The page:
First Solar Moves Closer to Delayed China Project

UPDATED. First Solar’s (s FSLR) big plan to eventually build 2 GW of solar power plants in China’s Inner Mongolia has moved ahead. The company signed a memorandum of understanding with China Guangdong Nuclear Solar Energy Development Co. on Wednesday to develop the first phase, 30-MW project.

First Solar will supply its cadmium-telluride solar panels (and advice) to China Guangdong for the engineering and construction – as well as the operation and maintenance – of the power plant, First Solar said.

UPDATE: The company is working on finalizing details of the project and hoping to get approval to start construction in 2011, said First Solar spokesman, Alan Bernheimer, via an email. Completion will then be set for 2012.

Previously, First Solar had hoped to start construction by June 2010 on the project. The company signed an MOU for the 2-GW master plan in September 2009, as well as a framework agreement with Ordos officials in November of that year to further outline the scope of the overall project.

But June 2010 came and went, and the construction work hadn’t started on the 30-MW project. Government approval of key steps of the project was to blame. The Chinese government was supposed to approve solar electricity pricing for the project by the end of 2009, but didn’t. Without guaranteed solar electric rates, or feed-in tariffs, First Solar didn’t want to move ahead as quickly.

The Chinese government approved a pre-feasibility study for the 30-MW project last September, First Solar said. But it still doesn’t appear that the pricing issue has been resolved. A First Solar executive told the AP in Beijing on Wednesday that First Solar and China Guangdong will submit a business plan to the government in order to ask for feed-in tariffs.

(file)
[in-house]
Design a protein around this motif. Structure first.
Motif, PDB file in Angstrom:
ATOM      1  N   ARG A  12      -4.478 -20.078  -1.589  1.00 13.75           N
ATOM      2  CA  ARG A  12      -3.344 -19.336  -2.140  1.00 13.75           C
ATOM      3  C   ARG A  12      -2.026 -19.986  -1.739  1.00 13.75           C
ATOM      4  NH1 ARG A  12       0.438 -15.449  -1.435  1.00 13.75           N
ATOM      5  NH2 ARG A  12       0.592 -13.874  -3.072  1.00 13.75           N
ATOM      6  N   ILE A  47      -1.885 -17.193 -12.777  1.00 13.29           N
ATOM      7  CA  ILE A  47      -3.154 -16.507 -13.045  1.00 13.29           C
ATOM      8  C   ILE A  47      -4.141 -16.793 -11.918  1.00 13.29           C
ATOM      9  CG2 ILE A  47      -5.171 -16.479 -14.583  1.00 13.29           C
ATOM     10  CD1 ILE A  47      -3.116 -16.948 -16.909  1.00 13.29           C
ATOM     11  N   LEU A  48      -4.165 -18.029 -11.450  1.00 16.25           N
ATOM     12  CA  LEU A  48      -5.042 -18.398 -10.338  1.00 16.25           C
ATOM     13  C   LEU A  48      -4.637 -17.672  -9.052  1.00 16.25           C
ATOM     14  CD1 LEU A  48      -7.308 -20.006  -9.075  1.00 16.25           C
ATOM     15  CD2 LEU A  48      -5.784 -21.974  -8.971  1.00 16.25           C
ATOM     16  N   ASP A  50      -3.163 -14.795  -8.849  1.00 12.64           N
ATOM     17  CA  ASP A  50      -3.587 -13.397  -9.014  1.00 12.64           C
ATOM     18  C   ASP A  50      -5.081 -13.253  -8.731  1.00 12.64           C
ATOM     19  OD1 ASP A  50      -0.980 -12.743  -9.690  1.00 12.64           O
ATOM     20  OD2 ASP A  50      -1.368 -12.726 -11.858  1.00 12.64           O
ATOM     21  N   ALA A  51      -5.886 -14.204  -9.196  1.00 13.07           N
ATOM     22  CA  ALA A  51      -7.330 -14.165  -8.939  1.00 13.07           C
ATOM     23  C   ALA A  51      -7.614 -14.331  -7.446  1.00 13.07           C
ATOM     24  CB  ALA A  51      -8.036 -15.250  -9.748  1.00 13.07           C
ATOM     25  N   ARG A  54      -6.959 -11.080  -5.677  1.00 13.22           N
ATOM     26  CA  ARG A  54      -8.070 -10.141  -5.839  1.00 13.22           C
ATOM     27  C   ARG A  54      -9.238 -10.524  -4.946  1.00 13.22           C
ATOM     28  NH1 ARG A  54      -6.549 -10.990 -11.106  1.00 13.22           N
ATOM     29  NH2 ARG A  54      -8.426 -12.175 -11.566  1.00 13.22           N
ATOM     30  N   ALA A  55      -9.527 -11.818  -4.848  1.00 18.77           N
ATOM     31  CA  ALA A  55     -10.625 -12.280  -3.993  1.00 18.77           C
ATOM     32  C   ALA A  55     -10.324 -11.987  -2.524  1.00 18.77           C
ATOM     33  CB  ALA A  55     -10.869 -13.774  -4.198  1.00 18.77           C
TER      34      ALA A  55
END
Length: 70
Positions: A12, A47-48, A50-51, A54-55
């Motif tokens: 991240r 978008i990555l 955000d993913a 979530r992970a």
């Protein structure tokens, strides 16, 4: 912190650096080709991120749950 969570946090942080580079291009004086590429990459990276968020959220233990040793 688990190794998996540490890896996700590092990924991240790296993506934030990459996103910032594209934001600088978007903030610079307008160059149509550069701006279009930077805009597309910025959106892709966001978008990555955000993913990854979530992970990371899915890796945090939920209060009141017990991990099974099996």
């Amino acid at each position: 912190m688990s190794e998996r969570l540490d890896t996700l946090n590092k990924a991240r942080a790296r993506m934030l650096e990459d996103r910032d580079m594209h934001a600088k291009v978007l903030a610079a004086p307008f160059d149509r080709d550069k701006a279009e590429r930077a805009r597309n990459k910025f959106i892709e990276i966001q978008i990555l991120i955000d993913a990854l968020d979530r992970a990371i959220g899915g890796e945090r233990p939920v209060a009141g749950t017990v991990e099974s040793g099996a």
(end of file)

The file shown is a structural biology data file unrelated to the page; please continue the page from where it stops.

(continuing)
Bernheimer confirmed that the project has yet to receive feed-in tariffs.

“An appropriately set national feed-in-tariff structure would allow market participants to secure a reasonable rate of return to make further investment in technology and cost reductions.  In our view this is critical to the development of a sustainable and long-term solar market in China, just as it is in other countries. First Solar’s mission, however, is to help drive the transition towards sustainable energy markets free of subsidies,” Bernheimer wrote.

Initially, First Solar had hoped to complete phase 2 and 3 of the project, totaling 970 MW, by 2014. It wanted to finish the last phase of 1 GW by 2019. First Solar describes its agreement with Ordos as “the first large-scale solar collaboration between China and the United States and an example of China-U.S. bilateral cooperation on renewable energy.”

China is a potentially large solar market, but many non-Chinese companies believe they are at a disadvantage if they want to sell their equipment to, or develop projects in, China because the Chinese government is more likely to support goods and services from domestic companies, such as Suntech Power, Trina Solar and Yingli Green Energy. That sentiment has made First Solar’s 2-gigawatt plan all the more remarkable. But getting it done, of course, hasn’t happened as speedy as expected.

First Solar is eager to diversify its market reach beyond Europe. Germany has been its largest market, but the country’s solar incentives are declining. First Solar CEO Rob Gillette has talked about exploring markets in India, Africa and the Middle East.  Last December, the company said it had signed a deal to sell 15 megawatts of solar panels to ACME Tele Power in India.

First Solar also is developing many projects in North America. On Wednesday, it announced Plutonic Power Corp. and GE Energy Financial Services (s ge) will buy three, yet-to-be-built power plants totaling 50 megawatts from the company. First Solar will build the projects in Ontario, Canada. The companies didn’t disclose the sale price. Plutonic plans to contribute about $6 million Canadian ($6.03 million USD) in equity to the project, which will require debt financing.

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Photo courtesy of Herry Lawford